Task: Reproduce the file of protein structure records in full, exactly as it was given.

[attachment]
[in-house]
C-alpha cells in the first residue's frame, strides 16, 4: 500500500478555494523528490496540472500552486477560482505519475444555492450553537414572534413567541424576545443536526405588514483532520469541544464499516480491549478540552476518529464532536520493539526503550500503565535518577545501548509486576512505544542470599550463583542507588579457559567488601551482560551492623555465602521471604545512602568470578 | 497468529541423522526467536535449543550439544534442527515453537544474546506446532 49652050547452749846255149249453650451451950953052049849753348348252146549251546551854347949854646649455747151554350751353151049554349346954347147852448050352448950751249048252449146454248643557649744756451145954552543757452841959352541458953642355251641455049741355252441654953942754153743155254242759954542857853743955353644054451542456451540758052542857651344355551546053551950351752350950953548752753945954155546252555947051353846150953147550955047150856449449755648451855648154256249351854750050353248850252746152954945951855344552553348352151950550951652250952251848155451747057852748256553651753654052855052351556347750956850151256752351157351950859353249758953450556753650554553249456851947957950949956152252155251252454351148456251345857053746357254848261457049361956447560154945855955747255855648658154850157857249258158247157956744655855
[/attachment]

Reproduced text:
[in-house]
C-alpha cells in the first residue's frame, strides 16, 4: 500500500478555494523528490496540472500552486477560482505519475444555492450553537414572534413567541424576545443536526405588514483532520469541544464499516480491549478540552476518529464532536520493539526503550500503565535518577545501548509486576512505544542470599550463583542507588579457559567488601551482560551492623555465602521471604545512602568470578 | 497468529541423522526467536535449543550439544534442527515453537544474546506446532 49652050547452749846255149249453650451451950953052049849753348348252146549251546551854347949854646649455747151554350751353151049554349346954347147852448050352448950751249048252449146454248643557649744756451145954552543757452841959352541458953642355251641455049741355252441654953942754153743155254242759954542857853743955353644054451542456451540758052542857651344355551546053551950351752350950953548752753945954155546252555947051353846150953147550955047150856449449755648451855648154256249351854750050353248850252746152954945951855344552553348352151950550951652250952251848155451747057852748256553651753654052855052351556347750956850151256752351157351950859353249758953450556753650554553249456851947957950949956152252155251252454351148456251345857053746357254848261457049361956447560154945855955747255855648658154850157857249258158247157956744655855